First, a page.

Review of "Love & Monsters"
Written by Russell T. Davies, Directed by Dan Zeff                                                    First Aired 17 June 2006

Elton Pope discovers the TARDIS while investigating the Doctor.

by Monika Lewis                                                        Reviewed  3 July 2008

"Love & Monsters" was a controversial episode when it aired two years ago, but perhaps some of it is more relevant today on a second viewing.  Since 2006, YouTube took off, making video diaries like Elton Pope's commonplace even among presidential candidates.  However, the Abzorbaloff still seems out of place in what is otherwise a subtle and humorous exploration of fandom that brings people together.  The montage of scenes depicting Elton and Ursula Blake's relationship set to ELO's "Mr Blue Sky" is similar to the many YouTube fan videos about the Doctor and Rose's travels together, some of them using the same tune.  The LINDA (London Investigation 'N' Detective Agency) group also reflects the many types of people who have become fans of Doctor Who since 2005.  I've been watching Doctor Who since 1997 at age 11, and saw all the classic series (except the missing episodes).  I was glad to see the series come back, along with new opportunities to meet other fans through the Internet like Elton did in "Love & Monsters."  Read more about my history watching Doctor Who at my blog.  The young female demographic of David Tennant fans is widely represented with videomakers on YouTube, with pictures of the actor like Ursula's website image of the Doctor on Christmas in the snow from the Sycorax ship. 

This episode is the first since 1965's "Mission to the Unknown" to tell the story from the perspective of a character other than the Doctor and his companions.  In "Mission to the Unknown," a prelude to the epic 12 part "The Daleks' Master Plan," the story was told through the Space Security Service officer who is discovering plans for a Dalek attack.  "Love & Monsters" takes a ordinary man who happens to have encountered the Doctor as a boy and happens upon a group of the Doctor's fans.  Since then two other episodes, 2007's "Blink" and 2008's "Turn Left," have featured the humans drawn into the Doctor's world while taking the Time Lord out of the picture.  These shows leave the human companions to deal with the events on their own, mostly without the Doctor's assistance, showing how much he is needed in their world.  "Turn Left," like "Love & Monsters," shows familiar events from previous episodes in the series from a new perspective, while "Blink" also has the device of communicating through a video camera.  The more recent "Doctor-lite" episodes are more successful in consistency of tone than "Love & Monsters," but the 2006 episode has many good character moments for the LINDA group.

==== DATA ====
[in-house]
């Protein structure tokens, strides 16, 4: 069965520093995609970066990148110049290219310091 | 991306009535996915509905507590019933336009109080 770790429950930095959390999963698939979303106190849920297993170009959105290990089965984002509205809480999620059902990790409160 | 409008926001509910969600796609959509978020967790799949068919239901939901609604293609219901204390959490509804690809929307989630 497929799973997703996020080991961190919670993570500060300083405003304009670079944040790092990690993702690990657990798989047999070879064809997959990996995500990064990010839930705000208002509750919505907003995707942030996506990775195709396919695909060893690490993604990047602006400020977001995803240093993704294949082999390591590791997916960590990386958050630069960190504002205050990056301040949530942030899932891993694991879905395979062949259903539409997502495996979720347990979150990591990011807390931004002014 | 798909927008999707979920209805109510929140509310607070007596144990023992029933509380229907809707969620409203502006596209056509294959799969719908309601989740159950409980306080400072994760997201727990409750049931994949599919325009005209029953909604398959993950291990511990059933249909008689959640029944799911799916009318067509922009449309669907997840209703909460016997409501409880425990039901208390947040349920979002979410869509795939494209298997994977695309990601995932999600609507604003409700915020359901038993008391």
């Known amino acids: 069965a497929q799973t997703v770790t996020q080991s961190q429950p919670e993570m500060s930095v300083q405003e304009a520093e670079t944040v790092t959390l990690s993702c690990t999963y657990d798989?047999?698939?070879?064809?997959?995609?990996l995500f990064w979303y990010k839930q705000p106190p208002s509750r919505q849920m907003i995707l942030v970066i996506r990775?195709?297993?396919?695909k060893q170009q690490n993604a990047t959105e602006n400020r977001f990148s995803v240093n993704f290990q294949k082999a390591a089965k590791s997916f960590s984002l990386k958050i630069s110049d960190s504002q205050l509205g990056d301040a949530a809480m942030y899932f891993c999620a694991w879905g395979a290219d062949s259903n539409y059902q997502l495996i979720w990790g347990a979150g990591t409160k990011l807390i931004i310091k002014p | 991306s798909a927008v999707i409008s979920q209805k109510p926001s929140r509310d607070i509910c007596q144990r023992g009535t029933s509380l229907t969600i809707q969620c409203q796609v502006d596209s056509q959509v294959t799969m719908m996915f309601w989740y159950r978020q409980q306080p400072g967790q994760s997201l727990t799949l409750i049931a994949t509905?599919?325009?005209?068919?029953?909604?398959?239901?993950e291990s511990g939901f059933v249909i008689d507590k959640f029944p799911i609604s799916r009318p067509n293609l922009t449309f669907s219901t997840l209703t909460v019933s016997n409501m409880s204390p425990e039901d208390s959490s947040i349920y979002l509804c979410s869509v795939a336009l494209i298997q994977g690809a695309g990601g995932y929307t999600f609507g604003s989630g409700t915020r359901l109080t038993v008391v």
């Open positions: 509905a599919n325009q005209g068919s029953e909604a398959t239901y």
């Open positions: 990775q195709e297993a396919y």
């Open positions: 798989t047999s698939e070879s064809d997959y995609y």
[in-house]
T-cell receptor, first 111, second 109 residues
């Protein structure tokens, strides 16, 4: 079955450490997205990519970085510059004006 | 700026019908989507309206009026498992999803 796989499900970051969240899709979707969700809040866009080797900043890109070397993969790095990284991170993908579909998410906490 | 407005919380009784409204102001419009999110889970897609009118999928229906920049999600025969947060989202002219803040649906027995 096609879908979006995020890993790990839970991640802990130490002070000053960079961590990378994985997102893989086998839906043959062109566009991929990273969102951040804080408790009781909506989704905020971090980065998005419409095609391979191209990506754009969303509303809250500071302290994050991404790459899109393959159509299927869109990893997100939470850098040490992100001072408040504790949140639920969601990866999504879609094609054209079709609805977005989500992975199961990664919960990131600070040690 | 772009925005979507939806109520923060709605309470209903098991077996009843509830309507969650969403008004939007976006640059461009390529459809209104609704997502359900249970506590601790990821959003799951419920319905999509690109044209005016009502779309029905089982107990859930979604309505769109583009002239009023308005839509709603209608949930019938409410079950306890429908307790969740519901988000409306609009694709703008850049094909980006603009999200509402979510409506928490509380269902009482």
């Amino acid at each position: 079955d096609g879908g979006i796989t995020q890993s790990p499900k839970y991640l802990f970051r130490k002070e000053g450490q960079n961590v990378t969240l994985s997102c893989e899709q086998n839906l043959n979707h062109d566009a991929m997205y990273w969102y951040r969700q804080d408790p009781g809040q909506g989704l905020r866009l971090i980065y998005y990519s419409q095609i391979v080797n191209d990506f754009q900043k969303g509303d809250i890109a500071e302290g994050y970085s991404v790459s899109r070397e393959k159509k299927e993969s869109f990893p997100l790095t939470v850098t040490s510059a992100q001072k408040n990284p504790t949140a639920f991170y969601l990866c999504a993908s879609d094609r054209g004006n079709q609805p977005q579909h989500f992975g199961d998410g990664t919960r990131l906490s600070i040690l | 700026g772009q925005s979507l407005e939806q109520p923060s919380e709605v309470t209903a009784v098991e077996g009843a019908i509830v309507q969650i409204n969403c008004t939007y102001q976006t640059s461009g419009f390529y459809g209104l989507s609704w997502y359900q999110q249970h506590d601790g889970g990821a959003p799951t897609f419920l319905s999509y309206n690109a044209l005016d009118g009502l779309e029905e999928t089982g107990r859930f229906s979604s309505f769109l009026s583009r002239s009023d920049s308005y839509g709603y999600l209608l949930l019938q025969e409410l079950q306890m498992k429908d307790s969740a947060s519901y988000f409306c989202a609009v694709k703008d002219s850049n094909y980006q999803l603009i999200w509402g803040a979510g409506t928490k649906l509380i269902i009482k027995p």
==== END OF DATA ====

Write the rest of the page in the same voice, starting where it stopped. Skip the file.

Though the Doctor and Rose are not in "Love & Monsters" very much, Elton becomes an identifiable character for many fans, like Rose in the first episode of the 2005 series showing how the Doctor can affect someone's life.  The Abzorbaloff, like the inhabitants of Clom's twin planet Raxacoricofallipatorious the Slitheen, don't seem to fit in with the Doctor Who monster tradition.  They seem too broad in an attempt at humor for younger viewers, when the interactions between Elton and LINDA, and his meetings with Jackie Tyler, were more amusing. 

Victor Kennedy, who appears to take LINDA's quest for the Doctor too seriously, is perhaps a satire of some classic series fans on the Internet who seem to find many faults with the new series, saying it's not being made "for them" but for the wider audience.  I think that the new series is just as good as the previous episodes, and it is being made for everyone since many of the writers, actors and production crew are long- time fans including showrunner Russell T. Davies and David Tennant.  It's fine to "have a laugh" watching the show, as LINDA does in celebrating the Doctor and sharing their other interests.  The show's message is that fans of Doctor Who shouldn't let spoilsports like Victor Kennedy absorb their fun.